4) Once the epoxy is pulled there isn't much to do but wait for it to cure.

    Of course I am not a manufacturer and don't work in it every day, so your guys may not have the same problems I do. That being said, infusion if done properly leads to a stronger product that is lighter and requires materials to do correctly. So for a manufacturer I would argue that once the process is learned you could make a higher quality product with the same amount of labor (generally), that requires a smaller investment in material cost.
     
  9. jim lee
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    jim lee Senior Member

    Infusion is more fun.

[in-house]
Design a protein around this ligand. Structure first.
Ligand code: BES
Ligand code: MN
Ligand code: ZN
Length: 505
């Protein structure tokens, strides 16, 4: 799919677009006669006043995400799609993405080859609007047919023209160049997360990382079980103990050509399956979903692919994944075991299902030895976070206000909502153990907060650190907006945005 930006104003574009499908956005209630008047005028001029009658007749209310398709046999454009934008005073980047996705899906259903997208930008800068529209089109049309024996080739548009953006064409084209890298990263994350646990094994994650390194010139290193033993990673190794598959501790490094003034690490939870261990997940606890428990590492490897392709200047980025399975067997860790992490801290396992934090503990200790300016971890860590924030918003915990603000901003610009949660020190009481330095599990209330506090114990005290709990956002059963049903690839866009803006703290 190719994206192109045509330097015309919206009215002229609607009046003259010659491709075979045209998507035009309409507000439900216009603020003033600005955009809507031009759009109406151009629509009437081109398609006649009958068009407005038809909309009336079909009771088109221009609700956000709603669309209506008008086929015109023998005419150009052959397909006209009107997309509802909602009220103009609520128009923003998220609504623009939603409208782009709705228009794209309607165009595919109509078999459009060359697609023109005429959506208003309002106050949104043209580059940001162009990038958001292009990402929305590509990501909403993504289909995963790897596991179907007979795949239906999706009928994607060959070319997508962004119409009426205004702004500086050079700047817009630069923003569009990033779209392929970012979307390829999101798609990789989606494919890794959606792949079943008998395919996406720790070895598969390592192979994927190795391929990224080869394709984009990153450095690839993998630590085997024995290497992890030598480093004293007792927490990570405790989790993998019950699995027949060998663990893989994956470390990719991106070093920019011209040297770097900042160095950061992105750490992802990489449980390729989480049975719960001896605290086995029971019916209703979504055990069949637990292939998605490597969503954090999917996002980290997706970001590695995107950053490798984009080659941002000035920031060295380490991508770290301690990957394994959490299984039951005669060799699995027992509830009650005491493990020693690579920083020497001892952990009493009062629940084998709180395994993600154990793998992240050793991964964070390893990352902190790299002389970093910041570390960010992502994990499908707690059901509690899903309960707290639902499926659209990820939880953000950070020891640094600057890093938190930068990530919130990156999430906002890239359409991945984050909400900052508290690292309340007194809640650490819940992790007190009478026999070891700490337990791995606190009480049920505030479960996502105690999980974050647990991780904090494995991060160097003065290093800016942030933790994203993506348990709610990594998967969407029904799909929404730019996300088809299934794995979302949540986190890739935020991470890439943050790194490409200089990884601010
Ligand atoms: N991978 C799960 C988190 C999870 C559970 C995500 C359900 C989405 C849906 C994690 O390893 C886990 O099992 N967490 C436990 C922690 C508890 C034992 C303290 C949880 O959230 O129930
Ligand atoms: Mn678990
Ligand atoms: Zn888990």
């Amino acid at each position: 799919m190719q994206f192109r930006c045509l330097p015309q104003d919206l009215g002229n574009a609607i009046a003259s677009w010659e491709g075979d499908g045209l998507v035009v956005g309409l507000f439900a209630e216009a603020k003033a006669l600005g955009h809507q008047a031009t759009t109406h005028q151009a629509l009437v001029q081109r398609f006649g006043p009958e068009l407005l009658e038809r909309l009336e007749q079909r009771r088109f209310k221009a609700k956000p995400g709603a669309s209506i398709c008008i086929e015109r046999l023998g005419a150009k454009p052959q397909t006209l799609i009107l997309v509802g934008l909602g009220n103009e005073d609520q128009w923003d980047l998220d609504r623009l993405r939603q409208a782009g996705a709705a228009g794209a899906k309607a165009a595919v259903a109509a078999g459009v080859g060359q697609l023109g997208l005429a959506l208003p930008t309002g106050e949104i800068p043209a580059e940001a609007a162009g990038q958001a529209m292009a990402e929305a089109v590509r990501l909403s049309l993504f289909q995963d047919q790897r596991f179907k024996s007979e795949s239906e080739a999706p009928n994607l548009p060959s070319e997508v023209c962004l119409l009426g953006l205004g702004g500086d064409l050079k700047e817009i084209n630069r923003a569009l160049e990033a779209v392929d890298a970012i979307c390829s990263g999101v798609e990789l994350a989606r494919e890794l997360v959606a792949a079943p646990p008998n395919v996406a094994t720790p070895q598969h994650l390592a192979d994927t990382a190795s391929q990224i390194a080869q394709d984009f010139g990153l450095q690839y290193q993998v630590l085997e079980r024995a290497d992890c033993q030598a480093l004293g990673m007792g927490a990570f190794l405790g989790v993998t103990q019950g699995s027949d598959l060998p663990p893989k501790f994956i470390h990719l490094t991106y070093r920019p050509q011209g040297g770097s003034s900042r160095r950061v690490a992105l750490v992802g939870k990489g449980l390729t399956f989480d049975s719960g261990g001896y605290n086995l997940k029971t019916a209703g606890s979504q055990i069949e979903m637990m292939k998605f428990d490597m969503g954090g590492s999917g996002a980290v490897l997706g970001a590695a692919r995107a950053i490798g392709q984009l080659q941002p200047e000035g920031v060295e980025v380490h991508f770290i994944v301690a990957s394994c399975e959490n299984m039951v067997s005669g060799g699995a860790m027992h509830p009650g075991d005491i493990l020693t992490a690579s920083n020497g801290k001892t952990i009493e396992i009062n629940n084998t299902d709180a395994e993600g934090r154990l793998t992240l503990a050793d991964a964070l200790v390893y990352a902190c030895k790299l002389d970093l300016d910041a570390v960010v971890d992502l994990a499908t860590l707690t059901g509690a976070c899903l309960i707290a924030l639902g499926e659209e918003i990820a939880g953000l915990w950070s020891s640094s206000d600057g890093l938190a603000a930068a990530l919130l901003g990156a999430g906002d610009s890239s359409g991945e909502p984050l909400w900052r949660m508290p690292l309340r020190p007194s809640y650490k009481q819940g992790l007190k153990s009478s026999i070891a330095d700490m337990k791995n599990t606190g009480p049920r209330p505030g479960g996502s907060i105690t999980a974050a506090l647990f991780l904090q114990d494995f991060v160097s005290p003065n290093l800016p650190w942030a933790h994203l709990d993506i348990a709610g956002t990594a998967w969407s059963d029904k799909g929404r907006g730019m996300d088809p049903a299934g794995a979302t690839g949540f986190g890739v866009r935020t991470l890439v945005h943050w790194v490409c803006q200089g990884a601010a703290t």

-jim lee
     
  10. War Whoop
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    War Whoop Senior Member

    If you setup with a reusable bag system and try to reduce the setup maybe it can be integrated seamlessly into your operation .
     
  11. susho
    Joined: Dec 2006
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    susho Composite builder

    like rtm light ;) but you need to calculate if the cost of the extra mould justifies the investment. it is a nice process though, if you need a lot of products.
     
  12. variverrunner
    Joined: Dec 2009
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    variverrunner Junior Member

    Hayes,

    another factor is avoiding all of the goo. With infusion there is almost no mess. Laser sail boats are infused using a reuseable Vac bag using a brushable silicone. If you build a more than a few boats a month , getting set up for infusion would be healther for you, use less resin, and give you stronger lighter finished yaks

    Hope this helps

    Allan
     
  13. variverrunner
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    variverrunner Junior Member

    Gages